B.C. NDP candidate Adam Walker, right, with wife Karli, mom Karen Flannery and stepdad Steve Shipley on provincial election night, Oct. 24. Walker holds the lead in the Parksville-Qualicum riding following tabulation of in-person and advance voting. (Photo submitted)

B.C. NDP candidate Adam Walker, right, with wife Karli, mom Karen Flannery and stepdad Steve Shipley on provincial election night, Oct. 24. Walker holds the lead in the Parksville-Qualicum riding following tabulation of in-person and advance voting. (Photo submitted)

LETTER TO THE EDITOR: Media jumps to conclusions before all votes are counted

Some constituencies do have runaway winners, but many are very close, says letter writer

To the editor,

Re: NDP’s Walker the frontrunner in Parksville-Qualicum ahead of Liberal incumbent Stilwell, Oct. 24

If anybody ever wondered why some of British Columbia’s media mavens share credibility ratings with snake-oil salesmen, pompous politicians and used-car traders, the answer came Saturday night.

Every day since the snap provincial election was called, one year earlier than mandated, B.C.’s media mavens informed the public that no announcement of the winner would be available until all mail-in ballots were counted, and that process would begin on Nov. 6. Yet television anchors announced just one hour after the polls closed on Saturday evening that the election had been won by the New Democratic Party, and a half-hour afterwards that the NDP would form a majority government. There were about 725,000 mail-in ballots issued, with about two-thirds returned with votes to be counted.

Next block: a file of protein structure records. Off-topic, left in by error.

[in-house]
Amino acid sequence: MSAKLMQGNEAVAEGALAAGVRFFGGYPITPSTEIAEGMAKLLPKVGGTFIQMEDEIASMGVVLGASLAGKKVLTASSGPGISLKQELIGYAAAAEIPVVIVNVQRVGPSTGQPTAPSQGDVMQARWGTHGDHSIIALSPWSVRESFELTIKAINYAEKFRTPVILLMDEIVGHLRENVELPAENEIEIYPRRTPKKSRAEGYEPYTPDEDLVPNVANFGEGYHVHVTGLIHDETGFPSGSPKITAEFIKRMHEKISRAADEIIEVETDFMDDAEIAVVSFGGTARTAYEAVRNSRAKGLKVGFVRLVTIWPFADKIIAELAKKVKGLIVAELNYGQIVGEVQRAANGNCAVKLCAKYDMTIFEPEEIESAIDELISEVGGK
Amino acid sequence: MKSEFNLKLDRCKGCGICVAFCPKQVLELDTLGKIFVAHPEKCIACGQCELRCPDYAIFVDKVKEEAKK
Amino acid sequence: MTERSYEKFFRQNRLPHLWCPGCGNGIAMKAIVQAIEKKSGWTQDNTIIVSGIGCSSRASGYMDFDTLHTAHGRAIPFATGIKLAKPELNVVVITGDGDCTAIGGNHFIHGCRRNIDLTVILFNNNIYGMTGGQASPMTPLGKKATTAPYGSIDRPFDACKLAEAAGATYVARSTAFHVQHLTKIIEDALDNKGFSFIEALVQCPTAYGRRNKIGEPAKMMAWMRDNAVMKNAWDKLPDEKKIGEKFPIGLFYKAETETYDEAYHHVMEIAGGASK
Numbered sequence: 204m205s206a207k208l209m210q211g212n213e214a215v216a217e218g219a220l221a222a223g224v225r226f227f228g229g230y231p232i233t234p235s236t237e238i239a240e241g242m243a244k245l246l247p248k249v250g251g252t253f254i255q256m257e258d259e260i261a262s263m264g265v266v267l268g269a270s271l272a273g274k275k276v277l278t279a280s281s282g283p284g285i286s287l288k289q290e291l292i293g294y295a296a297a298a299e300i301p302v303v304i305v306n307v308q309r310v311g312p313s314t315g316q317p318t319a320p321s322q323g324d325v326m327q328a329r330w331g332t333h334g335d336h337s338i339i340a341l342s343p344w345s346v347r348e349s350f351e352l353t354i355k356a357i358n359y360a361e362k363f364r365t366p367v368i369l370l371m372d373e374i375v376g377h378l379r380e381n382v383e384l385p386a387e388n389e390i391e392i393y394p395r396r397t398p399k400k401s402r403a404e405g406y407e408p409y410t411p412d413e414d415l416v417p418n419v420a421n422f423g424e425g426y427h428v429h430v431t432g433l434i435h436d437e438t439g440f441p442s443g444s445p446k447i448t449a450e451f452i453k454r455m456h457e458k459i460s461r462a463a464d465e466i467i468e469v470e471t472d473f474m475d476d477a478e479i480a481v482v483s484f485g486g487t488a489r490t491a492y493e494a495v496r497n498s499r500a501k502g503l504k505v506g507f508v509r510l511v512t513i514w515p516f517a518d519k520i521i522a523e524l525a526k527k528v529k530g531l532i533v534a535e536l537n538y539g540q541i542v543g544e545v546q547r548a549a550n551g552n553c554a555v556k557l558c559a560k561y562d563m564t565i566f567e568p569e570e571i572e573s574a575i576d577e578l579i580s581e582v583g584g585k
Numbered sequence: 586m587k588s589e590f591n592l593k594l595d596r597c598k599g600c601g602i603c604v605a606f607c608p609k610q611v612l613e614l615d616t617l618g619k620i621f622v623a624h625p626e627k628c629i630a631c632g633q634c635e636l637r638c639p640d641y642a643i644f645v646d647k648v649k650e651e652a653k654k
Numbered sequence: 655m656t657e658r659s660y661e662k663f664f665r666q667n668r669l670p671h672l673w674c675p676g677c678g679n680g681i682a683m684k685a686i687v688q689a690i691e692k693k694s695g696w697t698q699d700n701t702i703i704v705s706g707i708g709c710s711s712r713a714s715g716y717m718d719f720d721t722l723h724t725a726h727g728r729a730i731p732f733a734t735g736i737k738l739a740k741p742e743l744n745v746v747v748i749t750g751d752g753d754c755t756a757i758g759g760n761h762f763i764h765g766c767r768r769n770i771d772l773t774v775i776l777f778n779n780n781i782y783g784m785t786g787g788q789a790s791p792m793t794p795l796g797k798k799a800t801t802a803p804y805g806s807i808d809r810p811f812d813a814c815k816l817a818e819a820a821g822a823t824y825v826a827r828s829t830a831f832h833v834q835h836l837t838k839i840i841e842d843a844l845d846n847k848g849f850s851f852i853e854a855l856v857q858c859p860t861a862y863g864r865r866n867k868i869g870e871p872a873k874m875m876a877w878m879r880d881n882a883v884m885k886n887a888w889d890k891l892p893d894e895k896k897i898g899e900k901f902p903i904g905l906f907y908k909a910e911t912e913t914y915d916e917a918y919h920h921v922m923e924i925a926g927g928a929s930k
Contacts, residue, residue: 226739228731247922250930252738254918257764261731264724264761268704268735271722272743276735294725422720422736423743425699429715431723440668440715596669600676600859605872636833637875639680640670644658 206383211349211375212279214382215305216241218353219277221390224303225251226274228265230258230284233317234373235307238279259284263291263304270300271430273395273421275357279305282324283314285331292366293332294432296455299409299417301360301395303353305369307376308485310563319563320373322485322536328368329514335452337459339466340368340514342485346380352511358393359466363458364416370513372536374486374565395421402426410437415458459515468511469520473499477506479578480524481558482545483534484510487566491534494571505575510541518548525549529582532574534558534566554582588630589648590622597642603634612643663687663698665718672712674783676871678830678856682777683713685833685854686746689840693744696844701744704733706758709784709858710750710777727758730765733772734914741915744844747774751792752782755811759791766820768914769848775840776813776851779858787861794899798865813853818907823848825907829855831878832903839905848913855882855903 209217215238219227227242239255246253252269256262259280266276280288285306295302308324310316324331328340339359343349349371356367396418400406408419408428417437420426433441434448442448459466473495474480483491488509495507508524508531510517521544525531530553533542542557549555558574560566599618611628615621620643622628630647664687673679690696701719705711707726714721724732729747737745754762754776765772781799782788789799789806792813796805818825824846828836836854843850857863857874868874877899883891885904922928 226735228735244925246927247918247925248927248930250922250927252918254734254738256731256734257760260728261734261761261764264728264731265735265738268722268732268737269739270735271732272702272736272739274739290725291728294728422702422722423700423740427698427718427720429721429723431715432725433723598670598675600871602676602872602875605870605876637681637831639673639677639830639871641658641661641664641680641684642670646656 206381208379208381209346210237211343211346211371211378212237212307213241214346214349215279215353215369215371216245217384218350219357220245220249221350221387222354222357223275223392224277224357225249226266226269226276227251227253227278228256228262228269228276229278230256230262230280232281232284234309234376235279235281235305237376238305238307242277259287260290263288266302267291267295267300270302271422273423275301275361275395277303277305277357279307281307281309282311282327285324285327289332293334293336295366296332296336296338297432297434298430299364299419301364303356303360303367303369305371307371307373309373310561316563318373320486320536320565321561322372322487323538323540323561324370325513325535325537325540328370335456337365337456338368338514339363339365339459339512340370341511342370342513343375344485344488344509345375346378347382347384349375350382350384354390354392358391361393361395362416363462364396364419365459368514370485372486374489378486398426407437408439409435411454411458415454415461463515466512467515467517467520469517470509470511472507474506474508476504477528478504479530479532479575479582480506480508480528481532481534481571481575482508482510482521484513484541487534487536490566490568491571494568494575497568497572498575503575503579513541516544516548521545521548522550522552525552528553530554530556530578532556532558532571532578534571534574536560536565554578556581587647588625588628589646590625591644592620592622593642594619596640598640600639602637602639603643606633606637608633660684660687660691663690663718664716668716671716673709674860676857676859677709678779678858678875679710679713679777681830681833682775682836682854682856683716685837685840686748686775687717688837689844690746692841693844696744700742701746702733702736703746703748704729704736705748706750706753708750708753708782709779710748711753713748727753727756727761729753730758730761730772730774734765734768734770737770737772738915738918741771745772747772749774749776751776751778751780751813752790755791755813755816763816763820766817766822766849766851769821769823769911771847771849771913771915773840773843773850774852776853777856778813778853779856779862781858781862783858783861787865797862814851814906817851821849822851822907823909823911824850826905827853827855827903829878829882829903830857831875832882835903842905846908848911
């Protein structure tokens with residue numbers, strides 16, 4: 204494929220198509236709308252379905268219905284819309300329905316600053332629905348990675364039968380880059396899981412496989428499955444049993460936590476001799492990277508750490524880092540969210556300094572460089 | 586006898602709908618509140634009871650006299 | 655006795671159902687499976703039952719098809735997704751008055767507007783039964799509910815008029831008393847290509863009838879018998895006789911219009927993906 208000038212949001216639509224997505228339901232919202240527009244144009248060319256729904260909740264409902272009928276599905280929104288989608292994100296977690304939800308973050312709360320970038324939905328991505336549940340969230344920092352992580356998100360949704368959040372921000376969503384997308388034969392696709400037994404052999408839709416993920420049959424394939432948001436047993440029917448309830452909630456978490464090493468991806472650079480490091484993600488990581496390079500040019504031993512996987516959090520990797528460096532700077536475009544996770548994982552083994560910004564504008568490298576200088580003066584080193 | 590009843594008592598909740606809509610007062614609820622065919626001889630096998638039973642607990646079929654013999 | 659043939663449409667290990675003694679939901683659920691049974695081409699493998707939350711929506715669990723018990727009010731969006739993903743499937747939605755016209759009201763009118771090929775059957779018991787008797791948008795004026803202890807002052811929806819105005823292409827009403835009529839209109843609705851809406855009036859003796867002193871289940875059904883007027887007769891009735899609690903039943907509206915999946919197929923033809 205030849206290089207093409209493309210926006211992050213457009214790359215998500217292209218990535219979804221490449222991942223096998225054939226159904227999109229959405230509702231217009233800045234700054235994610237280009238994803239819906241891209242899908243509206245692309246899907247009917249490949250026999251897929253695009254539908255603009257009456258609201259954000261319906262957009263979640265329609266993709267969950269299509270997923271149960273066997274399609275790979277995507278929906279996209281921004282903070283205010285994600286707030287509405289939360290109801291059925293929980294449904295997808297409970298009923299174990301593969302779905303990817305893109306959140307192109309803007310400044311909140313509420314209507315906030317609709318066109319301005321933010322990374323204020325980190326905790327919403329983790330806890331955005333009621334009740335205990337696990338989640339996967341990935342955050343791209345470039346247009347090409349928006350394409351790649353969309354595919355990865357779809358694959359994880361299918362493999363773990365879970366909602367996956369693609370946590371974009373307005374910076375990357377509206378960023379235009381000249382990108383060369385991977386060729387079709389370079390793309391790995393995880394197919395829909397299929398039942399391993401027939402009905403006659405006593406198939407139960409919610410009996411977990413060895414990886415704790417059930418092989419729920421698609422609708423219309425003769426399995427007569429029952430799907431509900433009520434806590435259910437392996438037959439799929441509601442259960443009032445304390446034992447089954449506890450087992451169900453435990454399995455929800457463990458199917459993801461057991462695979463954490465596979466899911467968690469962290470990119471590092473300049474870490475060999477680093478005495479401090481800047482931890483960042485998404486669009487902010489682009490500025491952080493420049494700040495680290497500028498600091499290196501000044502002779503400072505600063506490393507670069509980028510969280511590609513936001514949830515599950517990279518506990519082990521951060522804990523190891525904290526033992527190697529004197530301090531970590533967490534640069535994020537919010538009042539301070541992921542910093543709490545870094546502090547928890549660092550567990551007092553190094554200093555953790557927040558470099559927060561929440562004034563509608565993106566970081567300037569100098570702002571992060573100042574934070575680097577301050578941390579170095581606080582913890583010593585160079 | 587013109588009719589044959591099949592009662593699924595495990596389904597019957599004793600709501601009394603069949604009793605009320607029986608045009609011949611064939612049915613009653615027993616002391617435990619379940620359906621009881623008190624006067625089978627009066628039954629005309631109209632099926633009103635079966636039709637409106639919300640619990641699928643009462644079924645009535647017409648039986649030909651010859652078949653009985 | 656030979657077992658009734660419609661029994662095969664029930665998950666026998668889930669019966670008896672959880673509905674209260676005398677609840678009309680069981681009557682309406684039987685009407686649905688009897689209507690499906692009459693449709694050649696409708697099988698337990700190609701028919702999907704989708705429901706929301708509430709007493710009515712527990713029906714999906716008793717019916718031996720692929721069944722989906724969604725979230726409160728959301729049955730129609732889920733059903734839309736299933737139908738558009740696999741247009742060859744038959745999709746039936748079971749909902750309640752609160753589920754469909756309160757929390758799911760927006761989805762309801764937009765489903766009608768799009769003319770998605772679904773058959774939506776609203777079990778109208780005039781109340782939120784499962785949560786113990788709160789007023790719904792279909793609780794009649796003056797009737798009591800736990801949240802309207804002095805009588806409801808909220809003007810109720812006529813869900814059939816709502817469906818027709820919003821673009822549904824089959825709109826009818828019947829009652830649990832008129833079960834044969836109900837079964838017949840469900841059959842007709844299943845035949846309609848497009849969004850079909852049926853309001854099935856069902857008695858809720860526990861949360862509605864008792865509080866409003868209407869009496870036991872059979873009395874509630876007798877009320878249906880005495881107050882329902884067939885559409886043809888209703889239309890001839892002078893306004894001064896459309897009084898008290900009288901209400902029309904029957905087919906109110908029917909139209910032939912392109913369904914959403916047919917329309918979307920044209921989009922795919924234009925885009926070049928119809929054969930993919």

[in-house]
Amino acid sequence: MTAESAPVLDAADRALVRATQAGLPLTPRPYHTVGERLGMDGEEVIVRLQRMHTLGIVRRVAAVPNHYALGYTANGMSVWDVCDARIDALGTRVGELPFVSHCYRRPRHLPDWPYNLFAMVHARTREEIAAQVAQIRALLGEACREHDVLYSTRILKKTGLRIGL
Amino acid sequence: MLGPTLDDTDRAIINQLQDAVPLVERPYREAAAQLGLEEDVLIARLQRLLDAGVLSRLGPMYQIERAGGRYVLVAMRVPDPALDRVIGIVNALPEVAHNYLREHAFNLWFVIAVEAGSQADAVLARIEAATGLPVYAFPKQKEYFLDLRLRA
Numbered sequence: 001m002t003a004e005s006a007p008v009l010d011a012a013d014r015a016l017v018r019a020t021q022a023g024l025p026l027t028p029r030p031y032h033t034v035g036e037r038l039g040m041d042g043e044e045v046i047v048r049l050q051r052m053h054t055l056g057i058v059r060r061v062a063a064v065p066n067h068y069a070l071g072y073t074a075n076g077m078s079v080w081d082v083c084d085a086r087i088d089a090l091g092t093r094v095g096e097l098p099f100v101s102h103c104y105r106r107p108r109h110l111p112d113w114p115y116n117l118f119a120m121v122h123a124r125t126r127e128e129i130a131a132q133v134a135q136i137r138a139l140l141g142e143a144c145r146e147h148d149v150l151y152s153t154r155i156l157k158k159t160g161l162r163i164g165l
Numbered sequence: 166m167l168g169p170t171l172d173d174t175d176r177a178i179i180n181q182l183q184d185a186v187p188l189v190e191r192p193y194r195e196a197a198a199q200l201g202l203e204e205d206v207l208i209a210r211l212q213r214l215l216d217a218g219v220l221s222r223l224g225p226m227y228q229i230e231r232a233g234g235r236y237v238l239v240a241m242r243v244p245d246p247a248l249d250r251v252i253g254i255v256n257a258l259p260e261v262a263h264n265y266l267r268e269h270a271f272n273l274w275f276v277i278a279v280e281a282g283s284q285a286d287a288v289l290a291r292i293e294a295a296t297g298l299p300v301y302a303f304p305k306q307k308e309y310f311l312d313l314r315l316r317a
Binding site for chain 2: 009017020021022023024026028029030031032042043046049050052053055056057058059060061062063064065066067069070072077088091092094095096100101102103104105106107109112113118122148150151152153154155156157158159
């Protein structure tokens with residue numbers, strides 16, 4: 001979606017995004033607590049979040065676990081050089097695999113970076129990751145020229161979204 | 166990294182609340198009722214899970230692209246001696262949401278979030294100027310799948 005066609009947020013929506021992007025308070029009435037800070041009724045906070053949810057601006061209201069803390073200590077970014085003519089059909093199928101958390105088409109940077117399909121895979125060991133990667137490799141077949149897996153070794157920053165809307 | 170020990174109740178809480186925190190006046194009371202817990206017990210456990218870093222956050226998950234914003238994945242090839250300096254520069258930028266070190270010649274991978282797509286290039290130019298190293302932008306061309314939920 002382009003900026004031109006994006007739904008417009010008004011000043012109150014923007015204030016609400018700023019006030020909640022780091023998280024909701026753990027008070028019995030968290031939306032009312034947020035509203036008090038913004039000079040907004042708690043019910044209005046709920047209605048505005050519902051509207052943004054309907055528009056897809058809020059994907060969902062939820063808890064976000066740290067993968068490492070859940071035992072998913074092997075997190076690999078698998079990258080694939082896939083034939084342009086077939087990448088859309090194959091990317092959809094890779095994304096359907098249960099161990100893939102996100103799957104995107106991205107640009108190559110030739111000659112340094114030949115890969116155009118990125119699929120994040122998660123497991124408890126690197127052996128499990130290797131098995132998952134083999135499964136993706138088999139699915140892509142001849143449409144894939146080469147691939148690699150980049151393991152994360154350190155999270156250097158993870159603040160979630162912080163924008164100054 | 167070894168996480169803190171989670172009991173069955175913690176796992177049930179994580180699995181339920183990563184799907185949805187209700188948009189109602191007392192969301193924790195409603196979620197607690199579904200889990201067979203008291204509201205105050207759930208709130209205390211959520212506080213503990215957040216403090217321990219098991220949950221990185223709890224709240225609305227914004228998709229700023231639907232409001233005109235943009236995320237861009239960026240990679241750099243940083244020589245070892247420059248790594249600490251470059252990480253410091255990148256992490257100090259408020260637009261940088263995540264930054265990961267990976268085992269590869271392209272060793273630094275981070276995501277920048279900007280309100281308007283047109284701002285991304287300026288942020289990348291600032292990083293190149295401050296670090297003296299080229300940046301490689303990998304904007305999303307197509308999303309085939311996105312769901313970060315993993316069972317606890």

Shortly after the televised declaration of a majority government, the Parksville-Qualicum community paper’s website tabulated the numbers with all polling stations reporting. About 18,000 votes had been counted, and over 14,000 mail-in ballots had been received. A large picture of the front-runner with his smiling family appeared at the top of the page, but his lead was only about 900 votes. Obviously, some constituencies do have runaway winners, but many are as close or very much closer than the numbers in my hometown, so when mail-in ballots are counted there could be quite a few reversals of fortune.

With media of all types involved during the campaign, there were inevitable fake news reports, manipulation, character assassination and deliberate disinformation on social media, while in the mainstream some reporting was lopsided. Biased reporting is always a problem, where some candidates from one party get a kiss on both cheeks when they made a public blunder, while those from another party are subjected to public body-cavity searches – figuratively speaking, of course. That’s always been the case with B.C.’s political media, but what really irks this time are the puzzling premature pronouncements from puerile provincial pundits and pontificating pollsters.

Bernie Smith, Parksville

RELATED: Horgan, NDP head for majority in B.C. election results


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